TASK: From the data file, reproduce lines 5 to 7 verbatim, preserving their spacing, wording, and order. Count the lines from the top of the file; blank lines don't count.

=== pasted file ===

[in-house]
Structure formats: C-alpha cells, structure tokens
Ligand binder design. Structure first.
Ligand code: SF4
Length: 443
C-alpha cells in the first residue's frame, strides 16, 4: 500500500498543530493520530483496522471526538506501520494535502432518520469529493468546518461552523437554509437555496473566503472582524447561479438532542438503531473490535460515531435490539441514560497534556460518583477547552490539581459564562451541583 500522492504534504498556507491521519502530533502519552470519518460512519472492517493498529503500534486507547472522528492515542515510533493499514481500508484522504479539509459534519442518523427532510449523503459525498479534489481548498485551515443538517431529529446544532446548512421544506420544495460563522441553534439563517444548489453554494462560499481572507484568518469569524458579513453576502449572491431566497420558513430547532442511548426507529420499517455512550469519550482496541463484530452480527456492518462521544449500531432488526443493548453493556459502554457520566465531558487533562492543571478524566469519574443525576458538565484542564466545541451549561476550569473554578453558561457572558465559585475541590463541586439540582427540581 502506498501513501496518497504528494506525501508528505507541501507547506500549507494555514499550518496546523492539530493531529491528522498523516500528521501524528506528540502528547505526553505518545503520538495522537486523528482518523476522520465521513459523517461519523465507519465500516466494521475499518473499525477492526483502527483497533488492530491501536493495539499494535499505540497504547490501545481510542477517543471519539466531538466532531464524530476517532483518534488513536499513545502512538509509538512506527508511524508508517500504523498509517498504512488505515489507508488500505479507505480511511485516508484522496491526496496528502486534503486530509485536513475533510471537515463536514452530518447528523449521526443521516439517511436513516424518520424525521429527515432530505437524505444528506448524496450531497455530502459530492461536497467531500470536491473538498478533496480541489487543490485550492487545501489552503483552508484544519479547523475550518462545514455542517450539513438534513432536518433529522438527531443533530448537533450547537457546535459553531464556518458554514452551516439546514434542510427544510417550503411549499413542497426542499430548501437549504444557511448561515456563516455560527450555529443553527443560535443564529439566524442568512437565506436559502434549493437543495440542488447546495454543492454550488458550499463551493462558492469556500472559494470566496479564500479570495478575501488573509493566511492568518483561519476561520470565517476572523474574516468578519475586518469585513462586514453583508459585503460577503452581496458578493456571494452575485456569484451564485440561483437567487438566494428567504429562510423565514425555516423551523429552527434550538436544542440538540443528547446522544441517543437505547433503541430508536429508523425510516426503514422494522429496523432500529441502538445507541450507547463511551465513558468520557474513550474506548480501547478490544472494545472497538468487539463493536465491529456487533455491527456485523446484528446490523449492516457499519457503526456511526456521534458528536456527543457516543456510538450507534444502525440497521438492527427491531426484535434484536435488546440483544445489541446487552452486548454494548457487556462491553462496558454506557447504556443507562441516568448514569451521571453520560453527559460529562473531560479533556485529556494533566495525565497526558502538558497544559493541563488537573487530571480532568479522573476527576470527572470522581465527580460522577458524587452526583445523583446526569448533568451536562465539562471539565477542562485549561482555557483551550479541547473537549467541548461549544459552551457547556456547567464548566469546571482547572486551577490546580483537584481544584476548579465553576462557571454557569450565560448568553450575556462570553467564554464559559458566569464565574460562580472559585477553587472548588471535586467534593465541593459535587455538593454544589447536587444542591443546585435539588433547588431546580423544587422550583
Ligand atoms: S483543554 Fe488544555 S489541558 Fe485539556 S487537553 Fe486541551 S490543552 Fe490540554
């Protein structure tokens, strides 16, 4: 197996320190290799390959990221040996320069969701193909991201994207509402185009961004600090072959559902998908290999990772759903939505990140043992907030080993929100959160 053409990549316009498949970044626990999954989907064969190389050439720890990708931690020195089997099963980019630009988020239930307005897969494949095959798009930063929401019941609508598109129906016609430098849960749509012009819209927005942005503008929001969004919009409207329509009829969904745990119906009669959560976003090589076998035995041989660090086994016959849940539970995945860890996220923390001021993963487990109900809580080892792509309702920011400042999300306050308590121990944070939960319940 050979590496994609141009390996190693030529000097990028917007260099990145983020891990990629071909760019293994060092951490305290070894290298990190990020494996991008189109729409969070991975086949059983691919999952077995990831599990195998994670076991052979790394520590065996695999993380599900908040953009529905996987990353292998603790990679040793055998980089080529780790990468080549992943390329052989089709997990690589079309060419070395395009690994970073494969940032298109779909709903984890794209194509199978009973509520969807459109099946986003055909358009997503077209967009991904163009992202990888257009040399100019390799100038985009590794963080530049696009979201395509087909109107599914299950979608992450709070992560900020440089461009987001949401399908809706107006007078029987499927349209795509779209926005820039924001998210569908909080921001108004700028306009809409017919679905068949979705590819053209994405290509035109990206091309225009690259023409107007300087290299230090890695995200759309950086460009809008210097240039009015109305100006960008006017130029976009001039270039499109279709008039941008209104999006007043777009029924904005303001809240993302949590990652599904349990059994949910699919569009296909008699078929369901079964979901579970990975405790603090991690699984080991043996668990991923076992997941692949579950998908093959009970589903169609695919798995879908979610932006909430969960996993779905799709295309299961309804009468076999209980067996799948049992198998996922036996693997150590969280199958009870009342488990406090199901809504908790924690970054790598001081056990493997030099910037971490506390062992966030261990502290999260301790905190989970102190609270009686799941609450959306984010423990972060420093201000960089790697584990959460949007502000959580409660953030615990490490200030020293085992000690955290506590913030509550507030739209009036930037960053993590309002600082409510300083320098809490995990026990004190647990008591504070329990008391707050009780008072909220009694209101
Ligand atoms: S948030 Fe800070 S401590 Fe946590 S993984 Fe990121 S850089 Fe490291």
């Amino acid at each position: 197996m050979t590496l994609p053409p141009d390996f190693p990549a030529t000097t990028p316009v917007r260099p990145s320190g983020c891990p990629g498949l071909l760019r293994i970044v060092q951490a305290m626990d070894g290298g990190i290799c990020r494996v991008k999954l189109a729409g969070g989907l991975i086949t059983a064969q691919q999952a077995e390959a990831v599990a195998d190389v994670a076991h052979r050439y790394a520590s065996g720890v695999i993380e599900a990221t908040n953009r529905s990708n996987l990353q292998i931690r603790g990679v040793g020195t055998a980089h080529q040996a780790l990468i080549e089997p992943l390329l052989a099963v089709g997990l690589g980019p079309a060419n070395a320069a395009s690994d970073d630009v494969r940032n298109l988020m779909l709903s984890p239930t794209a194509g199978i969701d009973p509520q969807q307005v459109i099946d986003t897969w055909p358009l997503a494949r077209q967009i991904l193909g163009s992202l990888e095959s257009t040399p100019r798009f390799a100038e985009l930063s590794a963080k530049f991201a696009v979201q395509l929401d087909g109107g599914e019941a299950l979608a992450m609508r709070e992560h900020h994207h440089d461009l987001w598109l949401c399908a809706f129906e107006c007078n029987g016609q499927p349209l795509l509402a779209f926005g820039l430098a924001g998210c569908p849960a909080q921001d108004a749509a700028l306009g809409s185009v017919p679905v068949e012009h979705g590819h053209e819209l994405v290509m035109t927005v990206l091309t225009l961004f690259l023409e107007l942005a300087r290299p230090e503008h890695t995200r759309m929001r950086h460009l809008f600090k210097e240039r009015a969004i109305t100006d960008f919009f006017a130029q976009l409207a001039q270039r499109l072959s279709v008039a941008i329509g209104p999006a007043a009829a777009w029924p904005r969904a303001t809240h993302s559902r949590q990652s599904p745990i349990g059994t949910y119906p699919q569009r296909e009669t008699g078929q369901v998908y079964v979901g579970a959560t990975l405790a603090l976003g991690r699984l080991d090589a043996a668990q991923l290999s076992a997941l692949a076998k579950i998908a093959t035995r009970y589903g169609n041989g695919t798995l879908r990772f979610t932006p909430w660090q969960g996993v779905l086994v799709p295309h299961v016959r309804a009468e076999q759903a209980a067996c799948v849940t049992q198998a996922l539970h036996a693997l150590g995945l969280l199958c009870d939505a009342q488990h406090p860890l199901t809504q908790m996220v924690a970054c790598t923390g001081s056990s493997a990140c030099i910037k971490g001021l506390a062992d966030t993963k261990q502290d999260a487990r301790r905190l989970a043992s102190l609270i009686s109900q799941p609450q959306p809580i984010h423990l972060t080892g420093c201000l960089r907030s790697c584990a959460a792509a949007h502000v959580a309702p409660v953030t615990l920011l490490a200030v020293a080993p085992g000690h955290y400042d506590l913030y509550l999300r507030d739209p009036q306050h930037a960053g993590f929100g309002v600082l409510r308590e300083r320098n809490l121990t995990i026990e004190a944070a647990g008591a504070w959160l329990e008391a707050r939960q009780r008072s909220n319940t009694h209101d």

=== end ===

Length: 443
C-alpha cells in the first residue's frame, strides 16, 4: 500500500498543530493520530483496522471526538506501520494535502432518520469529493468546518461552523437554509437555496473566503472582524447561479438532542438503531473490535460515531435490539441514560497534556460518583477547552490539581459564562451541583 500522492504534504498556507491521519502530533502519552470519518460512519472492517493498529503500534486507547472522528492515542515510533493499514481500508484522504479539509459534519442518523427532510449523503459525498479534489481548498485551515443538517431529529446544532446548512421544506420544495460563522441553534439563517444548489453554494462560499481572507484568518469569524458579513453576502449572491431566497420558513430547532442511548426507529420499517455512550469519550482496541463484530452480527456492518462521544449500531432488526443493548453493556459502554457520566465531558487533562492543571478524566469519574443525576458538565484542564466545541451549561476550569473554578453558561457572558465559585475541590463541586439540582427540581 502506498501513501496518497504528494506525501508528505507541501507547506500549507494555514499550518496546523492539530493531529491528522498523516500528521501524528506528540502528547505526553505518545503520538495522537486523528482518523476522520465521513459523517461519523465507519465500516466494521475499518473499525477492526483502527483497533488492530491501536493495539499494535499505540497504547490501545481510542477517543471519539466531538466532531464524530476517532483518534488513536499513545502512538509509538512506527508511524508508517500504523498509517498504512488505515489507508488500505479507505480511511485516508484522496491526496496528502486534503486530509485536513475533510471537515463536514452530518447528523449521526443521516439517511436513516424518520424525521429527515432530505437524505444528506448524496450531497455530502459530492461536497467531500470536491473538498478533496480541489487543490485550492487545501489552503483552508484544519479547523475550518462545514455542517450539513438534513432536518433529522438527531443533530448537533450547537457546535459553531464556518458554514452551516439546514434542510427544510417550503411549499413542497426542499430548501437549504444557511448561515456563516455560527450555529443553527443560535443564529439566524442568512437565506436559502434549493437543495440542488447546495454543492454550488458550499463551493462558492469556500472559494470566496479564500479570495478575501488573509493566511492568518483561519476561520470565517476572523474574516468578519475586518469585513462586514453583508459585503460577503452581496458578493456571494452575485456569484451564485440561483437567487438566494428567504429562510423565514425555516423551523429552527434550538436544542440538540443528547446522544441517543437505547433503541430508536429508523425510516426503514422494522429496523432500529441502538445507541450507547463511551465513558468520557474513550474506548480501547478490544472494545472497538468487539463493536465491529456487533455491527456485523446484528446490523449492516457499519457503526456511526456521534458528536456527543457516543456510538450507534444502525440497521438492527427491531426484535434484536435488546440483544445489541446487552452486548454494548457487556462491553462496558454506557447504556443507562441516568448514569451521571453520560453527559460529562473531560479533556485529556494533566495525565497526558502538558497544559493541563488537573487530571480532568479522573476527576470527572470522581465527580460522577458524587452526583445523583446526569448533568451536562465539562471539565477542562485549561482555557483551550479541547473537549467541548461549544459552551457547556456547567464548566469546571482547572486551577490546580483537584481544584476548579465553576462557571454557569450565560448568553450575556462570553467564554464559559458566569464565574460562580472559585477553587472548588471535586467534593465541593459535587455538593454544589447536587444542591443546585435539588433547588431546580423544587422550583
Ligand atoms: S483543554 Fe488544555 S489541558 Fe485539556 S487537553 Fe486541551 S490543552 Fe490540554